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  • 1. Chapter 01 - Intercorporate Acquisitions and Investments in Other Entities CHAPTER 1 INTERCORPORATE ACQUISITIONS AND INVESTMENTS IN OTHER ENTITIES ANSWERS TO QUESTIONS Q1-1 Complex organizational structures often result when companies do business in a complex business environment. New subsidiaries or other entities may be formed for purposes such as extending operations into foreign countries, seeking to protect existing assets from risks associated with entry into new product lines, separating activities that fall under regulatory controls, and reducing taxes by separating certain types of operations. Q1-2 The split-off and spin-off result in the same reduction of reported assets and liabilities. Only the stockholders’ equity accounts of the company are different. The number of shares outstanding remains unchanged in the case of a spin-off and retained earnings or paid-in capital is reduced. Shares of the parent are exchanged for shares of the subsidiary in a split- off, thereby reducing the outstanding shares of the parent company. Q1-3 The management of Enron appears to have used special purpose entities to avoid reporting debt on its balance sheet and to create fictional transactions that resulted in reported income. It also transferred bad loans and investments to special purpose entities to avoid recognizing losses in its income statement. Q1-4 (a) A statutory merger occurs when one company acquires another company and the assets and liabilities of the acquired company are transferred to the acquiring company; the acquired company is liquidated, and only the acquiring company remains. (b) A statutory consolidation occurs when a new company is formed to acquire the assets and liabilities of two combining companies; the combining companies dissolve, and the new company is the only surviving entity. (c) A stock acquisition occurs when one company acquires a majority of the common stock of another company and the acquired company is not liquidated; both companies remain as separate but related corporations. Q1-5 Assets and liabilities transferred to a new wholly-owned subsidiary normally are transferred at book value. In the event the value of an asset transferred to a newly created entity has been impaired prior to the transfer and its fair value is less than the carrying value on the transferring company’s books, the transferring company should recognize an impairment loss and the asset should then be transferred to the entity at the lower value. Q1-6 The introduction of the concept of beneficial interest expands those situations in which consolidation is required. Existing accounting standards have focused on the presence or absence of equity ownership. Consolidation and equity method reporting have been required when a company holds the required level of common stock of another entity. The beneficial interest approach says that even when a company does not hold stock of another company, consolidation should occur whenever it has a direct or indirect ability to make decisions significantly affecting the results of activities of an entity or will absorb a majority of an entity’s expected losses or receive a majority of the entity’s expected residual returns. 1-1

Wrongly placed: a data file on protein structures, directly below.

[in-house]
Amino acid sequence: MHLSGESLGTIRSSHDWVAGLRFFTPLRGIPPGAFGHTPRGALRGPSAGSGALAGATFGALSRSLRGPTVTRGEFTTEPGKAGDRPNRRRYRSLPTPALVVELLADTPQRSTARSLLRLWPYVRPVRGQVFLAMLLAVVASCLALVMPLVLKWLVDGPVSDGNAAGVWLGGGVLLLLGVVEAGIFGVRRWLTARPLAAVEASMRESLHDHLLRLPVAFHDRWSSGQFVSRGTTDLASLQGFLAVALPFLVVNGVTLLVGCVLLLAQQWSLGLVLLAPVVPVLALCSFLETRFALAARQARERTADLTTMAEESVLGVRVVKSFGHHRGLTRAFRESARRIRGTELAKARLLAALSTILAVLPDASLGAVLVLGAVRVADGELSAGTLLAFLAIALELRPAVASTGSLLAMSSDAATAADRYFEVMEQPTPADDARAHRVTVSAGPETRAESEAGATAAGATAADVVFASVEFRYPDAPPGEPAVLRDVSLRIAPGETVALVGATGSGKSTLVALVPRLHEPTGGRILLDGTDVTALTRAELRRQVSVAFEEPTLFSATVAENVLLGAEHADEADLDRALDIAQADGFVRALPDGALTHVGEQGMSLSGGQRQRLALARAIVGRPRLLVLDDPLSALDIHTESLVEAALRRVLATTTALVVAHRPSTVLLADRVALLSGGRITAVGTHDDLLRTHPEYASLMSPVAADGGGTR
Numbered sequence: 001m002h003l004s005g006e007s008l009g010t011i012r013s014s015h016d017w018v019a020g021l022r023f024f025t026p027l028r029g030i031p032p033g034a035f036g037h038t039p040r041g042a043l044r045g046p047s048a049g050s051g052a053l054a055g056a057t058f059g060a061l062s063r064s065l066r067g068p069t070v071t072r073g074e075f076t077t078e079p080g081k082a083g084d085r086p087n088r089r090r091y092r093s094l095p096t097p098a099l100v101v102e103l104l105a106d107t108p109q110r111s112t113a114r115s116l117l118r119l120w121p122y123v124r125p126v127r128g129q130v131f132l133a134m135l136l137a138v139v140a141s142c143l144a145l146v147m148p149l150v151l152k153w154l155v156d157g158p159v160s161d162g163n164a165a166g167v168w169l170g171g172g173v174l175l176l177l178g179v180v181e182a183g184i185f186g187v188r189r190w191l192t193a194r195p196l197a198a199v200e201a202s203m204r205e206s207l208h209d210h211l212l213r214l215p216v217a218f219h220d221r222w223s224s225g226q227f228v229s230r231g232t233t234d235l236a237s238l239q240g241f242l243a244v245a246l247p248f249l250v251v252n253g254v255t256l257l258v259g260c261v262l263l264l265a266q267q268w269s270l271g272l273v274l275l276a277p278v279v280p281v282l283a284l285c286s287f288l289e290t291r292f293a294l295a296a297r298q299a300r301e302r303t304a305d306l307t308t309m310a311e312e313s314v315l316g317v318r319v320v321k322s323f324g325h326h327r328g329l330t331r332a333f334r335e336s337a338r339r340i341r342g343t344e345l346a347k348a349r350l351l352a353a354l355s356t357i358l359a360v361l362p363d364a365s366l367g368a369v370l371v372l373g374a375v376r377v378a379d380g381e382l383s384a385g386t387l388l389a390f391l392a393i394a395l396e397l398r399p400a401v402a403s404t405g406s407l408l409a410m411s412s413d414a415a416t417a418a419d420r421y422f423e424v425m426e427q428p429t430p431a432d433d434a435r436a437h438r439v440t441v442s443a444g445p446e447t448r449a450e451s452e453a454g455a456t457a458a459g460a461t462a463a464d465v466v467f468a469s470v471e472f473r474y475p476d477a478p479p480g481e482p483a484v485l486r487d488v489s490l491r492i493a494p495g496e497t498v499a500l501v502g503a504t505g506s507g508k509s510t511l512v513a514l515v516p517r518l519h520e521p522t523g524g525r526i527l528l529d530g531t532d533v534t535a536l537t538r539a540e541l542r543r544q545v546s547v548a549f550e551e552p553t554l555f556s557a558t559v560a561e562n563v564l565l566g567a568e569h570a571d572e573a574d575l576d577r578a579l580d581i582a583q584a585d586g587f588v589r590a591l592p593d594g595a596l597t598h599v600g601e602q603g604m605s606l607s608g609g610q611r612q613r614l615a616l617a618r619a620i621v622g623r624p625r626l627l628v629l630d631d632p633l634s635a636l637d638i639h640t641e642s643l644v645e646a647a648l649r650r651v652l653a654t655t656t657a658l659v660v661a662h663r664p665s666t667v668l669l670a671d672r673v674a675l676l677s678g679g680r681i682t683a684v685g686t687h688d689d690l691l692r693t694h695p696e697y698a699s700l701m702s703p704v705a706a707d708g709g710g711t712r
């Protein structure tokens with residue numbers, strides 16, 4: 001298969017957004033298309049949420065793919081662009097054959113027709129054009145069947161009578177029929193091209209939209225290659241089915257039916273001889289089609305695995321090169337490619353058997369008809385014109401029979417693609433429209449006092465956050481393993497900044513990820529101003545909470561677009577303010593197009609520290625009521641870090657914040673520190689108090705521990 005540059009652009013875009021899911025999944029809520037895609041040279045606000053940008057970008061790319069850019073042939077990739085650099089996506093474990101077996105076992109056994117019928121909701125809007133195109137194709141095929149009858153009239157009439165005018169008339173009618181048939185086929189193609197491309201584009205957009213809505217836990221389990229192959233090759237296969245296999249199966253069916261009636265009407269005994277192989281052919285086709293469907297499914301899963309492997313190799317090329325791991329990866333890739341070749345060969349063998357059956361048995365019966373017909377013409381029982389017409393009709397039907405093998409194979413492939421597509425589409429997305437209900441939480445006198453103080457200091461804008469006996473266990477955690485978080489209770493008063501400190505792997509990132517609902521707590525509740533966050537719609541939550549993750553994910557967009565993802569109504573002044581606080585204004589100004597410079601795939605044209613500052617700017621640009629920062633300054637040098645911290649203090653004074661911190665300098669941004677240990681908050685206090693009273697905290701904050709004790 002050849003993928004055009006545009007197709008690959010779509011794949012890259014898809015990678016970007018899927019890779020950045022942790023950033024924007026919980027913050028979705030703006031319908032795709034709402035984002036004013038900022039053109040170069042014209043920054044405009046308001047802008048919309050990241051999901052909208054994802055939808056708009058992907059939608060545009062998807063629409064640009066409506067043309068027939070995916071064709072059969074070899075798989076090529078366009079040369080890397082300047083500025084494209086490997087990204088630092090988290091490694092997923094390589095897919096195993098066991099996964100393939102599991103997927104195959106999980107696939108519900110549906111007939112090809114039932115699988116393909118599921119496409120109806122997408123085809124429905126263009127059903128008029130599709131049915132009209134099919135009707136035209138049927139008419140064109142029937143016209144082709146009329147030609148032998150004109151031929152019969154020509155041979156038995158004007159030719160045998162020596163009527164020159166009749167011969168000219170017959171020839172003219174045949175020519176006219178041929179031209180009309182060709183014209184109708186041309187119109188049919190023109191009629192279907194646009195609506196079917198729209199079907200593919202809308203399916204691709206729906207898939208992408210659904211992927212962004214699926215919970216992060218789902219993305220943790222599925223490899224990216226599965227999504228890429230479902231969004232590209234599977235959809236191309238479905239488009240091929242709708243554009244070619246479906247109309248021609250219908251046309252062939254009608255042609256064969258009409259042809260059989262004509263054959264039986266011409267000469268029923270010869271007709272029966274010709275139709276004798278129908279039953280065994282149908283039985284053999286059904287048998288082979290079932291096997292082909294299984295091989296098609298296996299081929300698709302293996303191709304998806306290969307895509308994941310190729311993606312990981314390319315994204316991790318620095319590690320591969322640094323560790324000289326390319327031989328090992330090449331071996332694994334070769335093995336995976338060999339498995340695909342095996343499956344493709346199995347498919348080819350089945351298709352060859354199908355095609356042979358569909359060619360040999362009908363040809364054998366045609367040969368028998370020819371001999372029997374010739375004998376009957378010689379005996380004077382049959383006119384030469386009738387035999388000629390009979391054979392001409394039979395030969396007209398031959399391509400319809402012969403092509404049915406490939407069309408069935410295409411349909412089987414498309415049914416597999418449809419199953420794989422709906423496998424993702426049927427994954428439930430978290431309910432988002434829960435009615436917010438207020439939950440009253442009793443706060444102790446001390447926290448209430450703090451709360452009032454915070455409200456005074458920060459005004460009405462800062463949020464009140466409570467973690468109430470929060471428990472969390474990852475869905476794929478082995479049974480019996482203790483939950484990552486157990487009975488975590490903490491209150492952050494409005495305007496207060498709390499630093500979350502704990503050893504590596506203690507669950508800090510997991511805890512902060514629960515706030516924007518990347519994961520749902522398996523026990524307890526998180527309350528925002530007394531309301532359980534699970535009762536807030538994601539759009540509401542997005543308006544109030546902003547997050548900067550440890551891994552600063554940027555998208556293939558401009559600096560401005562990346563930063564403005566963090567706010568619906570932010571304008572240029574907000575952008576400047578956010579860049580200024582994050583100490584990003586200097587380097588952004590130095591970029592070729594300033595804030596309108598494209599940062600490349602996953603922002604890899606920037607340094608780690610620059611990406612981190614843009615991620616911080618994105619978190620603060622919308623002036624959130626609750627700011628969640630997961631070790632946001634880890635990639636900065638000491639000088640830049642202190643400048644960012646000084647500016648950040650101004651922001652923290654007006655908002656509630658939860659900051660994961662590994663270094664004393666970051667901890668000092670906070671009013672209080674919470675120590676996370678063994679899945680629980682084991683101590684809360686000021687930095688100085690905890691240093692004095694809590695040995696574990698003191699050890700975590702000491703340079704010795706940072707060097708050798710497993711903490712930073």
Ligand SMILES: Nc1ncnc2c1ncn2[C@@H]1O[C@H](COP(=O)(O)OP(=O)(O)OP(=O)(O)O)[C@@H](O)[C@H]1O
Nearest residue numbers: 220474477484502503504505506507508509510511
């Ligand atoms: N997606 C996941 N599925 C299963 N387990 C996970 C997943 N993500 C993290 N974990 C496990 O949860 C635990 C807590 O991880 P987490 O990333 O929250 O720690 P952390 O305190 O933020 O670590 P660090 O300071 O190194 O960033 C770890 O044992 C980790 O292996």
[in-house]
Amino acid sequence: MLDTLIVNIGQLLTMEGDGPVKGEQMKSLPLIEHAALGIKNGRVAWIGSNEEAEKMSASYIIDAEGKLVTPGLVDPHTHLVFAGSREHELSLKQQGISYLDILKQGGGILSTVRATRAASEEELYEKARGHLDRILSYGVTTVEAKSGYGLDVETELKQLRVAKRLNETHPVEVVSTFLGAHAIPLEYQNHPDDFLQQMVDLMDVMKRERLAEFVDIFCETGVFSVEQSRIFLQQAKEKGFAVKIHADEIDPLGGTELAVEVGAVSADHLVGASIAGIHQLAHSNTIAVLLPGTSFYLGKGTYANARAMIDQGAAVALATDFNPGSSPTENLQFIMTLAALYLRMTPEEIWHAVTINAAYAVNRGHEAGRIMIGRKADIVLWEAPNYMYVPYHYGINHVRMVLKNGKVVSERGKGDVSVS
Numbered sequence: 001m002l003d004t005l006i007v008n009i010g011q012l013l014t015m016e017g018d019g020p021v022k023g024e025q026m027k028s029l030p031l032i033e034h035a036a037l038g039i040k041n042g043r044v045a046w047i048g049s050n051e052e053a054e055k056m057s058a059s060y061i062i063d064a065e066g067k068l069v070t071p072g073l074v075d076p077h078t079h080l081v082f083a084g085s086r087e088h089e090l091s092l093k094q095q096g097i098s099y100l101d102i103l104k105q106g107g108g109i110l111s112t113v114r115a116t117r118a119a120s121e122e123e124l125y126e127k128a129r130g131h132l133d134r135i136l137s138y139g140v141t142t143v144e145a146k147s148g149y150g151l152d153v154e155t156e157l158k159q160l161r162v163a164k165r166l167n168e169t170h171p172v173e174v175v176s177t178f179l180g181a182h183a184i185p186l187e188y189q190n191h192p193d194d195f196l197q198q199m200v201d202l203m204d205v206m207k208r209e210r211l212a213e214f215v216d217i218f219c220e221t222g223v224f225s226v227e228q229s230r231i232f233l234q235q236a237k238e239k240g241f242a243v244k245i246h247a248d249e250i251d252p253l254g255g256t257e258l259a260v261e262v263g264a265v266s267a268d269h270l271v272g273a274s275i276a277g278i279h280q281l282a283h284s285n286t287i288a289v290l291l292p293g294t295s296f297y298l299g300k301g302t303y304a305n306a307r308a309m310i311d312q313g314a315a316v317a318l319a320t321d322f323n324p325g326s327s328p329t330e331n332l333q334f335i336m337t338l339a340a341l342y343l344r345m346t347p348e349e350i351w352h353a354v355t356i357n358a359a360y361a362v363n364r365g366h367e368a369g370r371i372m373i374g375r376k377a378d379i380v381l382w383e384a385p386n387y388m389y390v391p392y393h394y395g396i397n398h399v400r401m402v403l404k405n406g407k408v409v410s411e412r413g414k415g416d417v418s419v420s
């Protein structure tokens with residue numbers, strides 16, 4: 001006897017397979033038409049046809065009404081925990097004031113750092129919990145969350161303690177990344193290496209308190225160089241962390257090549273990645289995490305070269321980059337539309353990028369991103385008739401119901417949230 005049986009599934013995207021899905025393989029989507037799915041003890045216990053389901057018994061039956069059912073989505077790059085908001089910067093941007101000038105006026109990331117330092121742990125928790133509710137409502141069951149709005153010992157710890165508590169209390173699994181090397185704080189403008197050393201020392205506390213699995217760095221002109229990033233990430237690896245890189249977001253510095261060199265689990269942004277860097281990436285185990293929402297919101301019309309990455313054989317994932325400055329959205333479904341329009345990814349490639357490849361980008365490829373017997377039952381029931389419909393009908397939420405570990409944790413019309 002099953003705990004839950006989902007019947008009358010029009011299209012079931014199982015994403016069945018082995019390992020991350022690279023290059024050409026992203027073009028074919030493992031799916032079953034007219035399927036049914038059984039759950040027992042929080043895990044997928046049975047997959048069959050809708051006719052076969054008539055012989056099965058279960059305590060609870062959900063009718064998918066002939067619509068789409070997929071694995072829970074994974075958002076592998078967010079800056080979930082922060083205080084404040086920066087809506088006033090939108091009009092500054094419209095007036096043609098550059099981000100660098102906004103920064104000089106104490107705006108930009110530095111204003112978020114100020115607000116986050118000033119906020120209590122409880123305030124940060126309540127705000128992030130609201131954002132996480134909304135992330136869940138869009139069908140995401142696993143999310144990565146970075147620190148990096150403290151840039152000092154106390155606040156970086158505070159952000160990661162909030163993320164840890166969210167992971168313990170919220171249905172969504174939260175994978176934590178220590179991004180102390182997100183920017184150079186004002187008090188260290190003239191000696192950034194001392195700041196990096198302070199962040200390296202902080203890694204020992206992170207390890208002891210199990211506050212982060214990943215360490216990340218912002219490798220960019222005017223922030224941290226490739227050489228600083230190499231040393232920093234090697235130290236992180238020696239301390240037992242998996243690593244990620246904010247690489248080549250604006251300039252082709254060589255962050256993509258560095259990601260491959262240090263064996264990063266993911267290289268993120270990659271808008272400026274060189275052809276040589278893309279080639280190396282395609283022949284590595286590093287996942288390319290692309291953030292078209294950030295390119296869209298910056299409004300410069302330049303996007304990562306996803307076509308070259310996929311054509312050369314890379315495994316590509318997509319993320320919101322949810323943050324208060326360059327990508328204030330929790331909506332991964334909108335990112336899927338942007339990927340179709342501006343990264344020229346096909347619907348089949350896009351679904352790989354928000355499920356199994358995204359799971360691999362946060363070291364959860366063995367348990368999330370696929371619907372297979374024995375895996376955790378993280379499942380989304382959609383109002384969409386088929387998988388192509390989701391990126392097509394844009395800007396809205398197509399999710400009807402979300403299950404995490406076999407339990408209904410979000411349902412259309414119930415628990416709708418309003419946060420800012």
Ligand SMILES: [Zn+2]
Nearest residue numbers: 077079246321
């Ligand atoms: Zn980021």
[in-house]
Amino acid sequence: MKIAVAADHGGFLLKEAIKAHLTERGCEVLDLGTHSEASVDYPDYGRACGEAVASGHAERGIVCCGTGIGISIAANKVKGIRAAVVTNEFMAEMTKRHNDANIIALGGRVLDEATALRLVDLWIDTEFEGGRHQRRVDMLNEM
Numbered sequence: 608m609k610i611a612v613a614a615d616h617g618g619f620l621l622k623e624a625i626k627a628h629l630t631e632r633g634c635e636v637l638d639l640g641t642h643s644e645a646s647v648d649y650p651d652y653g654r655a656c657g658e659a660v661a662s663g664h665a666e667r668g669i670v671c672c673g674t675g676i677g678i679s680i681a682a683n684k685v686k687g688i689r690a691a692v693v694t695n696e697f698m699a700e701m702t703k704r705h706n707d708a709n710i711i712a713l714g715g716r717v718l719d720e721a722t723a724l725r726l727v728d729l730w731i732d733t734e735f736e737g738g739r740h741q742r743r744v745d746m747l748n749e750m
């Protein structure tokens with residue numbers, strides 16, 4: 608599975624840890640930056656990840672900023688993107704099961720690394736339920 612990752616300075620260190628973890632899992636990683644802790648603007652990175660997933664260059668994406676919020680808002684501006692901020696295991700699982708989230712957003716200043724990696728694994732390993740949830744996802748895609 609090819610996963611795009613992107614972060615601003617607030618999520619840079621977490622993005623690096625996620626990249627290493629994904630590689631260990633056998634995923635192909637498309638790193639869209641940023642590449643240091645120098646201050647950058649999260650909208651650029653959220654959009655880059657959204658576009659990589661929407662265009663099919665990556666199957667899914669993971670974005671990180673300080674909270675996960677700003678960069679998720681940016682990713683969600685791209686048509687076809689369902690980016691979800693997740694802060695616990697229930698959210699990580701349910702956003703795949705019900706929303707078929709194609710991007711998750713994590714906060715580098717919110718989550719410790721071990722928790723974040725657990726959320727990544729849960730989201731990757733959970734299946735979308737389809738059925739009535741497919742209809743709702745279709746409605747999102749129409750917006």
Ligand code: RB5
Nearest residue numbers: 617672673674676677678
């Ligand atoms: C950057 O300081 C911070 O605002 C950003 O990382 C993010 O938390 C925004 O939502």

• 2. Chapter 01 - Intercorporate Acquisitions and Investments in Other Entities Q1-7 A noncontrolling interest exists when the acquiring company gains control but does not own all the shares of the acquired company. Q1-8 Under pooling of interests accounting the book values of the combining companies were carried forward and no goodwill was recognized. Future earnings were not reduced by additional depreciation or write-offs. Q1-9 Goodwill is the excess of the sum of the fair value given by the acquiring company and the acquisition-date fair value of any noncontrolling interest over the acquisition-date fair value of the net identifiable assets acquired in the business combination. Q1-10 The level of ownership acquired does not impact the amount of goodwill reported. Prior to the adoption of the acquisition method the amount reported was determined by the amount paid by the acquiring company to attain ownership of the acquiree. Q1-11 When less-than-100-percent ownership is acquired, goodwill must be allocated between the acquirer and the noncontrolling interest. This is accomplished by assigning to the acquirer the difference between the acquisition-date fair value of its equity interest in the acquiree and its share of the acquisition-date fair value of the acquiree’s net assets. The remaining amount of goodwill is assigned to the noncontrolling interest. . Q1-12 The total difference at the acquisition date between the fair value of the consideration exchanged and the book value of the net identifiable assets acquired is referred to as the differential. Q1-13 The purchase of a company is viewed in the same way as any other purchase of assets. The acquired company is owned by the acquiring company only for the portion of the year subsequent to the combination. Therefore, earnings are accrued only from the date of purchase forward. Q1-14 None of the retained earnings of the subsidiary should be carried forward under the acquisition method. Thus, consolidated retained earnings is limited to the balance reported by the acquiring company. Q1-15 Additional paid-in capital reported following a business combination is the amount previously reported on the acquiring company's books plus the excess of the fair value over the par or stated value of any shares issued by the acquiring company in completing the acquisition. Q1-16 When the acquisition method is used, all costs incurred in bringing about the combination are expensed as incurred. None are capitalized. Q1-17 When the acquiring company issues shares of stock to complete a business combination, the excess of the fair value of the stock issued over its par value is recorded as additional paid-in capital. All costs incurred by the acquiring company in issuing the securities should be treated as a reduction in the additional paid-in capital. Items such as audit fees associated with the registration of securities, listing fees, and brokers' commissions should be treated as reductions of additional paid-in capital when stock is issued. An adjustment to bond premium or bond discount is needed when bonds are used to complete the purchase. 1-2